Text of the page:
From Eq. \ref{3}, we can deduce that a population of individualists can be invaded by a small number of collectivists (enough to form at least one group) provided that $$\theta_{4 \rightarrow 1} > \frac{C}{B}$$. In other words, collectivists can successfully invade a population of individualists if the cost-benefit ratio is less than the probability that the four individuals’ strategies are identical by descent.

To obtain the $$\theta_{l \rightarrow m}$$, we need some model of how the groups get formed. Here, I will assume simple nepotistic group-formation model (Fig. 2). Groups are formed sequentially by individuals recruiting their own family members. However, external forces may also cause a stranger to be recruited with weighting $$\alpha$$. This parameter that allows us to control the degree of nepotism, with high $$\alpha$$ indicating low nepotism. I’ll assume for simplicity’s sake that family members are clonal relatives. Then I can use Appendix C from Ohtsuki (2014) to calculate each relatedness index $$\theta_{l \rightarrow m}$$ from the probabilities of each group composition.

The group composition will be an integer partition of the group size $$n$$, i.e. $$\lbrace n_1, n_2, \ldots, n_\Phi \rbrace$$, where $$n_i$$ is the number of individuals belonging to family $$i$$, and $$\Phi$$ is the total number of families. Let $$\phi_j$$ be the number of families with $$j$$ group members. Then the probability of a particular group composition is

$\mathbb{P}( \lbrace n_1, n_2, \ldots, n_\Phi \rbrace \mid \alpha ) = \frac{ n! \: \alpha^\Phi }{ \prod_{k=1}^n k^{\phi_k} \phi_k! (\alpha + k - 1) }. \tag{4} \label{4}$

Long-time readers of my blog will recognise the group formation process as analogous a Hoppe Urn and the resulting probability distribution as analogous to the species-abundance distribution of a random sample from the metacommunity resulting from Hubbell’s neutral theory.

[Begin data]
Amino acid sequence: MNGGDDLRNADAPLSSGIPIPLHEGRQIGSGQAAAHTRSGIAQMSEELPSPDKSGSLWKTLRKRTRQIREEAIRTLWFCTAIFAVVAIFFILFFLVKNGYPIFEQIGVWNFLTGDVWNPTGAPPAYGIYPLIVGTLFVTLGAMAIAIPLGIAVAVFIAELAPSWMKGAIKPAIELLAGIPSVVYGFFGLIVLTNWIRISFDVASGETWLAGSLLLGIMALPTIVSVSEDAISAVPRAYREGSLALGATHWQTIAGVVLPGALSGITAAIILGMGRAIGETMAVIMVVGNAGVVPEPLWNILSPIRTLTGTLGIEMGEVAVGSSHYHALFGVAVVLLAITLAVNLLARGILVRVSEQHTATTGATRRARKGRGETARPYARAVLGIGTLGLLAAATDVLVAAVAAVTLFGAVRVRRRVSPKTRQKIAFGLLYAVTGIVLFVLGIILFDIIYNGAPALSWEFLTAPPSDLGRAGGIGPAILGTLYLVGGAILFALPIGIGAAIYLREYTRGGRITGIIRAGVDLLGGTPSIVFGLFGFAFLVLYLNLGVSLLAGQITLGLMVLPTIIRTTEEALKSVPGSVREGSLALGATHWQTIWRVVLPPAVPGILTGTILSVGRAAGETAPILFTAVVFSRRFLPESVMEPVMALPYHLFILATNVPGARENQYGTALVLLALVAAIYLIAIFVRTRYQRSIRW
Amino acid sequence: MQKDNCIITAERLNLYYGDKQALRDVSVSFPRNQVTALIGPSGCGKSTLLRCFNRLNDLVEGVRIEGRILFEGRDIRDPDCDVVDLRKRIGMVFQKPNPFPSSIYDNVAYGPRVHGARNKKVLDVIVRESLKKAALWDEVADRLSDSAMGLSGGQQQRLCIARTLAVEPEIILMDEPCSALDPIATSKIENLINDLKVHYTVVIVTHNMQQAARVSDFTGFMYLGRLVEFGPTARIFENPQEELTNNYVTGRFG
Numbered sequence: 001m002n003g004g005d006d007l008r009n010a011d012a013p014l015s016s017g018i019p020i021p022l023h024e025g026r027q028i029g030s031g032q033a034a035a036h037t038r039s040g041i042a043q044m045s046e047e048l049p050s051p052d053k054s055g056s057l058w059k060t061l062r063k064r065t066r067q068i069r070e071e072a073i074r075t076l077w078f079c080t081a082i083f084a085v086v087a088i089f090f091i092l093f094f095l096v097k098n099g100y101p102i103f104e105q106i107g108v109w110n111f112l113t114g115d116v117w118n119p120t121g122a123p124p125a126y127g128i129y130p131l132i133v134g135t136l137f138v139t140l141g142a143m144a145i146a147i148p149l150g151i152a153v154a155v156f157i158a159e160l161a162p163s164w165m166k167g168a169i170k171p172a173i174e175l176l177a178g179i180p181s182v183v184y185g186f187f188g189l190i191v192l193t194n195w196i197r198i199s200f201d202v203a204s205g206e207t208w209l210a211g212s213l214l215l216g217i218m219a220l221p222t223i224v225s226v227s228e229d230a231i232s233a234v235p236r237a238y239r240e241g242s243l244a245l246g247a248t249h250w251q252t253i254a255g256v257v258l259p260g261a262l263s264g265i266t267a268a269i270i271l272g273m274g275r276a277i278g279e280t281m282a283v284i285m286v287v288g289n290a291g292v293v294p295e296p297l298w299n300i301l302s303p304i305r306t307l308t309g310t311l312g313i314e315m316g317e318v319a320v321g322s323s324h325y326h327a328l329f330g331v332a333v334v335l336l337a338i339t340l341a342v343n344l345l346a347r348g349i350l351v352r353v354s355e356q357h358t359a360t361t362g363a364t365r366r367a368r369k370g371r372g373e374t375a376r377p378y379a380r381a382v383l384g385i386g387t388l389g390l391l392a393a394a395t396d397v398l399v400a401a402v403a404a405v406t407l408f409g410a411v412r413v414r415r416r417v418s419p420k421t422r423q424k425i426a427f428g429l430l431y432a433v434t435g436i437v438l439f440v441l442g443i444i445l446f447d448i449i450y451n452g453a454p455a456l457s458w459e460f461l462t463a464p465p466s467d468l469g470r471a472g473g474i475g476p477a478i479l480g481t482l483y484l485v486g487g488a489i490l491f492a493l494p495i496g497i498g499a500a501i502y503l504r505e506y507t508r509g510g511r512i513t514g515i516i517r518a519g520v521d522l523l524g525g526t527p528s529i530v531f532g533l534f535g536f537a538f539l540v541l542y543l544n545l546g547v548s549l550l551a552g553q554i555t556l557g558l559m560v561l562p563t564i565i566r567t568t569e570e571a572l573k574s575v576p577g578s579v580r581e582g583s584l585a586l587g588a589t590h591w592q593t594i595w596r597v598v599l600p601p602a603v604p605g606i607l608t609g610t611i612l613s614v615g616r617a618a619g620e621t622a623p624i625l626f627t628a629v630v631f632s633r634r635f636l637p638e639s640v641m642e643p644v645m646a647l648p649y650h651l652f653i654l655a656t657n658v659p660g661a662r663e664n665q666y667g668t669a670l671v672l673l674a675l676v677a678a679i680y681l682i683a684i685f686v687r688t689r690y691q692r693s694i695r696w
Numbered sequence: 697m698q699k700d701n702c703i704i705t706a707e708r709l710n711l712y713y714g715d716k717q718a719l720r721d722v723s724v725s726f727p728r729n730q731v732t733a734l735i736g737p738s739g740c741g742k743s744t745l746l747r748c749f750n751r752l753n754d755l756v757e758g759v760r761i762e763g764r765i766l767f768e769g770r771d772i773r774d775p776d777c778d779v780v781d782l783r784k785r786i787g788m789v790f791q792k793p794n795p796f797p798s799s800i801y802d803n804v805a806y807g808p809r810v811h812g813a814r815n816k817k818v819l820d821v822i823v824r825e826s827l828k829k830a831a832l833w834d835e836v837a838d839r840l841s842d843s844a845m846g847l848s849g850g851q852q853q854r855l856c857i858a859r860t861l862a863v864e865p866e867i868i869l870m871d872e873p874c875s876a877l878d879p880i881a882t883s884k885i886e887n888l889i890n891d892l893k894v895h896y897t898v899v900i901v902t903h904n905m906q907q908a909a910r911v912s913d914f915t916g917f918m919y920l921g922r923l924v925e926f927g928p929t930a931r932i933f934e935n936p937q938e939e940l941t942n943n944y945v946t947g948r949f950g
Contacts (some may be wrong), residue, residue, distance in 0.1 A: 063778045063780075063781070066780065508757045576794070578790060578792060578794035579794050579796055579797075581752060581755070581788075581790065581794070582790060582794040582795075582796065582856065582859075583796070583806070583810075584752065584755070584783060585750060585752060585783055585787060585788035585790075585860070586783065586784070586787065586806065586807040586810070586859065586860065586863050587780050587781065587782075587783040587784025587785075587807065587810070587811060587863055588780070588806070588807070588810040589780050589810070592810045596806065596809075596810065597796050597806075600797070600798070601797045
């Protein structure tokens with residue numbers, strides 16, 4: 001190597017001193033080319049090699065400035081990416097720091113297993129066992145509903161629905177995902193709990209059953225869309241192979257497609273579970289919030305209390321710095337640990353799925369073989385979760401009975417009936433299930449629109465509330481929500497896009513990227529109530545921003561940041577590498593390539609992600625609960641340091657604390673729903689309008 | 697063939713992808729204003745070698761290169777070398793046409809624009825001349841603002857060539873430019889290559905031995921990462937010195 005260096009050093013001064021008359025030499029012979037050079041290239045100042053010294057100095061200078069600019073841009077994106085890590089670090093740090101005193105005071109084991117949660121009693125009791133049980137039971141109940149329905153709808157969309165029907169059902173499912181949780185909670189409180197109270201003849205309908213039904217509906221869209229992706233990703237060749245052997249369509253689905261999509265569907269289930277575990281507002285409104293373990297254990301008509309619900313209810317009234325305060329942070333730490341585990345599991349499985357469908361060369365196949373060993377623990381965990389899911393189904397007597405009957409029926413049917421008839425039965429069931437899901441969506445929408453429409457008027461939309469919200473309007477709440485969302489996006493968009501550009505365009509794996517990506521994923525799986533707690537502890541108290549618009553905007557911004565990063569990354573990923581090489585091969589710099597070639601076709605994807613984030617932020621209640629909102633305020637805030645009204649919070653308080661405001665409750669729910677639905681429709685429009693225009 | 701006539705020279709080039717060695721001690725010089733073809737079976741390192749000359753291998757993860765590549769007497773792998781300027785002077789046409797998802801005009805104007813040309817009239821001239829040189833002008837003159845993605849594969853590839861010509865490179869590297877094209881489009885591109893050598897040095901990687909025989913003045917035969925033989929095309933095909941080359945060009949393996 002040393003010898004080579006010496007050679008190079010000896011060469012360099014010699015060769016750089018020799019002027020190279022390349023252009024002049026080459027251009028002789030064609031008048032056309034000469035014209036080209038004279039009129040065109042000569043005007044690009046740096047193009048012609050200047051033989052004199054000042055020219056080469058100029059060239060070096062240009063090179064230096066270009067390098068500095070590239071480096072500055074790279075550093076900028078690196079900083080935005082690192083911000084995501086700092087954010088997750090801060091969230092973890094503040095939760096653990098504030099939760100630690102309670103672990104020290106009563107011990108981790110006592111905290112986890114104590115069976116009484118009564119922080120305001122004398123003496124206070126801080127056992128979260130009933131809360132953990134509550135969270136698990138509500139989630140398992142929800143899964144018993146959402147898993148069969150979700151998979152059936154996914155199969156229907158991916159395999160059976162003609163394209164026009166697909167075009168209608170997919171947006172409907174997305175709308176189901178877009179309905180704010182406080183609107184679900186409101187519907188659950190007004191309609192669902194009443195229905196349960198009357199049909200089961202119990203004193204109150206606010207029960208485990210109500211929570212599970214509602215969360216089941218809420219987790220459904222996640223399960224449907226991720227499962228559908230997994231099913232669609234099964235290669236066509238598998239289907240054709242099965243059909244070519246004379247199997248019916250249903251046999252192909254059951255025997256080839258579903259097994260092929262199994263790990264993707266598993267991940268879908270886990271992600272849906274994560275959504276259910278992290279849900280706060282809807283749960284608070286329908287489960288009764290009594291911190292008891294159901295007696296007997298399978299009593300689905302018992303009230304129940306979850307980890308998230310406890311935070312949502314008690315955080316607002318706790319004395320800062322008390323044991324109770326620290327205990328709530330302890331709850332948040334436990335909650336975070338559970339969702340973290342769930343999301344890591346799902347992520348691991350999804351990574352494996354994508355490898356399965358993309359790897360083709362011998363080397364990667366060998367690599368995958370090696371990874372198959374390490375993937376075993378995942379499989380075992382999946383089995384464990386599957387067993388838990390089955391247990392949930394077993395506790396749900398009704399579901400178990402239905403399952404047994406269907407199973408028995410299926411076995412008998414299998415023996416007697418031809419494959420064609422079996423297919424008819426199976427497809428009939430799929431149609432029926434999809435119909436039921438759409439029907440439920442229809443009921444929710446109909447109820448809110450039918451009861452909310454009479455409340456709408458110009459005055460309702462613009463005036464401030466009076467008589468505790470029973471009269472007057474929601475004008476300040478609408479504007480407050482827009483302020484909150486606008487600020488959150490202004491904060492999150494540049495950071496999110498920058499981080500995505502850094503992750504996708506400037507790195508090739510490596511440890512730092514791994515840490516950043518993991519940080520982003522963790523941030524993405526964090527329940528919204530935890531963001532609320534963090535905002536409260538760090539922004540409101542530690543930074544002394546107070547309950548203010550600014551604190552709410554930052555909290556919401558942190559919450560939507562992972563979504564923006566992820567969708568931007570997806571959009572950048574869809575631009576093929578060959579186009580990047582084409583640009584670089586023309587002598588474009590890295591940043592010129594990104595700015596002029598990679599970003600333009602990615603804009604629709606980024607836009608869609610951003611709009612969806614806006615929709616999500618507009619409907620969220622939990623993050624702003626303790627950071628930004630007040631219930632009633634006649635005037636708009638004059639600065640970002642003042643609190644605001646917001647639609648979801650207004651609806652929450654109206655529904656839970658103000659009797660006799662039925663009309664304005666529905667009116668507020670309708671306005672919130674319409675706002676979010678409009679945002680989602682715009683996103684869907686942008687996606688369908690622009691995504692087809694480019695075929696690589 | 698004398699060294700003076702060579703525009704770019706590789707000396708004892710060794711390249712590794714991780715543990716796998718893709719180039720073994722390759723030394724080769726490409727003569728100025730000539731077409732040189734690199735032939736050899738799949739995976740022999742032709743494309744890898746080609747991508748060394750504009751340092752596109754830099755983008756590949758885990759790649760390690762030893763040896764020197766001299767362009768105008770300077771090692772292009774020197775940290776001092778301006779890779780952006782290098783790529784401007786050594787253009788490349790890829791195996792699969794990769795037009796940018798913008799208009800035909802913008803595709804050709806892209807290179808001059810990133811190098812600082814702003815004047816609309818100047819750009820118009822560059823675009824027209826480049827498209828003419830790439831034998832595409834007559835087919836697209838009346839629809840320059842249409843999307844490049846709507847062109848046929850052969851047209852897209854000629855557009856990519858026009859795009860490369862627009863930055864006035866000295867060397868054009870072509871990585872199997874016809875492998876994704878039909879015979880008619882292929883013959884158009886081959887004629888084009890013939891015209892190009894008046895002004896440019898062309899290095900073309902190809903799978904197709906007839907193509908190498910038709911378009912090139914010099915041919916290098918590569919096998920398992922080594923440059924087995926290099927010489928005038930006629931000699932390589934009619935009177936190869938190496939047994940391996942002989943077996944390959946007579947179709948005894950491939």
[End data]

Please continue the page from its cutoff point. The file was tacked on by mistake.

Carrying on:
We find that the evolutionary trajectory of the population has two steady states: one where all individuals are collectivists and one where all are individualists. Which steady-state the population evolves towards depends on both the degree of nepotism and the initial proportion of collectivists in the population. In Fig. 3 (parameter values: $$B=3$$, $$C=1$$, $$n=4$$), if the degree of nepotism is very high ($$\alpha < 0.75$$), collectivism always evolves. Otherwise ($$\alpha > 0.75$$), collectivism will only prevail if the population is initialised with a large enough number of collectivists.

Nepotism promotes cooperation because it promotes positive assortment, i.e., individualists and collectivists tend to segregate into different groups. When groups of only collectivists occur frequently enough, then the benefit of collectivism outweighs the risk of failure in a group with individualists. This model illustrates why homophily is generally expected to promote cooperation; however, in the real world, it is not so easy for cooperators to identify fellow cooperators and form groups with them.

### References

Gross, J. and De Dreu, C. K. (2019) Individual solutions to shared problems create a modern tragedy of the commons. Science Advances, 5(4):eaau7296.

Ohtsuki, H. (2014) Evolutionary dynamics of n-player games played by relatives. Philosophical Transactions of the Royal Society B, 369(1642):20130359.